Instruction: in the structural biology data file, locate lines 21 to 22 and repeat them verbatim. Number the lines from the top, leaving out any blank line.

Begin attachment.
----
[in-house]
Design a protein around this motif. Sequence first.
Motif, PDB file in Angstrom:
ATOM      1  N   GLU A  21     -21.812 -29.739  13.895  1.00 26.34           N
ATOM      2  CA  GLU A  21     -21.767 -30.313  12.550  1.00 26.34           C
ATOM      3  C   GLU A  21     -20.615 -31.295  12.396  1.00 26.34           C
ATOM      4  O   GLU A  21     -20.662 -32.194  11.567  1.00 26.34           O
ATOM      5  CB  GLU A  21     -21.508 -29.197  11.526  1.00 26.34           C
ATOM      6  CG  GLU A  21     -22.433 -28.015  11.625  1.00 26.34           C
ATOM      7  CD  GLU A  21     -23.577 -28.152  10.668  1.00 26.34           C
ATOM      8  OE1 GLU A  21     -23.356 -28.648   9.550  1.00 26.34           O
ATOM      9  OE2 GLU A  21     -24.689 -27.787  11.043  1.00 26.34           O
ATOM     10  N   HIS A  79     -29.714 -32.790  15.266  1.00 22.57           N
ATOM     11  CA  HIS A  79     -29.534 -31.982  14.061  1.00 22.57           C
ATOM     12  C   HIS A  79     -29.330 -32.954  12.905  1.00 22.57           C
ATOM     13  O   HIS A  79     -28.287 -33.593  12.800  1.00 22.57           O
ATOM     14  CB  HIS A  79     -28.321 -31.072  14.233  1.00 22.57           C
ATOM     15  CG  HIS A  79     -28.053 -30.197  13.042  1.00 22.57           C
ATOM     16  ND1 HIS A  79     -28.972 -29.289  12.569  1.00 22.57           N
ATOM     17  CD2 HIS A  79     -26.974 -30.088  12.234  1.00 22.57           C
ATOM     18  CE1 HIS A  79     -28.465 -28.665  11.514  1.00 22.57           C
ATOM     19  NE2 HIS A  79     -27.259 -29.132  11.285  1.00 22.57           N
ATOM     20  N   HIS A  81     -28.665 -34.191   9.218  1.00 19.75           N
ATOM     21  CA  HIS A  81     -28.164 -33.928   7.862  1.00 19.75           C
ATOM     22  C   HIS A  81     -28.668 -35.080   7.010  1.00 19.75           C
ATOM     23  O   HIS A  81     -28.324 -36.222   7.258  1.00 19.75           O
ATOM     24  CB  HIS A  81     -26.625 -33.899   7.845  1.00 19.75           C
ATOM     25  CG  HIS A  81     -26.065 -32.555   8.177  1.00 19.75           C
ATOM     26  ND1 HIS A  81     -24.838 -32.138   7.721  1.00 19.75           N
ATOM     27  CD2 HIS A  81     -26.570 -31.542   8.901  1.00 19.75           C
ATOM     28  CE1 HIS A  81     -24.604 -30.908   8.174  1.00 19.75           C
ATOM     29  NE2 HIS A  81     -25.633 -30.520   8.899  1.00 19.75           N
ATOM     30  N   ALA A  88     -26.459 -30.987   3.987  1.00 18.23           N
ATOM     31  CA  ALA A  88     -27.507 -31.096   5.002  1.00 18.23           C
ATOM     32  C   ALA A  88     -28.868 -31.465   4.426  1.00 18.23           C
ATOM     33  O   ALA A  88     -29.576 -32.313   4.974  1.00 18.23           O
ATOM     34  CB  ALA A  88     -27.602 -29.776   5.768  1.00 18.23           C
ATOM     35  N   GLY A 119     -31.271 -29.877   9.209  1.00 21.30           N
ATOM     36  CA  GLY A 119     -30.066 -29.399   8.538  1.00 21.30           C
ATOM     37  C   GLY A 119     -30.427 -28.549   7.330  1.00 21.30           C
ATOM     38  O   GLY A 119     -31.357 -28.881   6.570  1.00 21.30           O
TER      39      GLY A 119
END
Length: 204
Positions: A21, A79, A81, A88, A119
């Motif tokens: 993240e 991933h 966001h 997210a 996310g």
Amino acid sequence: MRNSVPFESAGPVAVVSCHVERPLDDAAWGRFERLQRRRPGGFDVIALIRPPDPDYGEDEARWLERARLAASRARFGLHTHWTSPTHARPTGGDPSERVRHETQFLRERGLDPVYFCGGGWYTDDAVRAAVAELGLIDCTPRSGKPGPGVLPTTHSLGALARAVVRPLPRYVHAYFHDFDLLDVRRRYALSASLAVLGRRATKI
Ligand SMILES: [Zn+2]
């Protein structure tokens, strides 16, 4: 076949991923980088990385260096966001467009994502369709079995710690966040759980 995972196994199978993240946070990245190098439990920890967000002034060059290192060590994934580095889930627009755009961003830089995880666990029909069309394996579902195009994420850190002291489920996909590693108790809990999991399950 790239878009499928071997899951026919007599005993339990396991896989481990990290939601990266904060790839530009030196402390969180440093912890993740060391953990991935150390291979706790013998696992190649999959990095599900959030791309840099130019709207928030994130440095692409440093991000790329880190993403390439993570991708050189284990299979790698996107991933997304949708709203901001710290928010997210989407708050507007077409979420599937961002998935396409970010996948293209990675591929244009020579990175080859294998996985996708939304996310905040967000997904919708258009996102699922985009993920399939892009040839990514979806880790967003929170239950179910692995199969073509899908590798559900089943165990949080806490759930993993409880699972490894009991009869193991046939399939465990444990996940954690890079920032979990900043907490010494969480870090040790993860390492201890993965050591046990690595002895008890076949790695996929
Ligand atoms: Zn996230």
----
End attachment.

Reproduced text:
ATOM     18  CE1 HIS A  79     -28.465 -28.665  11.514  1.00 22.57           C
ATOM     19  NE2 HIS A  79     -27.259 -29.132  11.285  1.00 22.57           N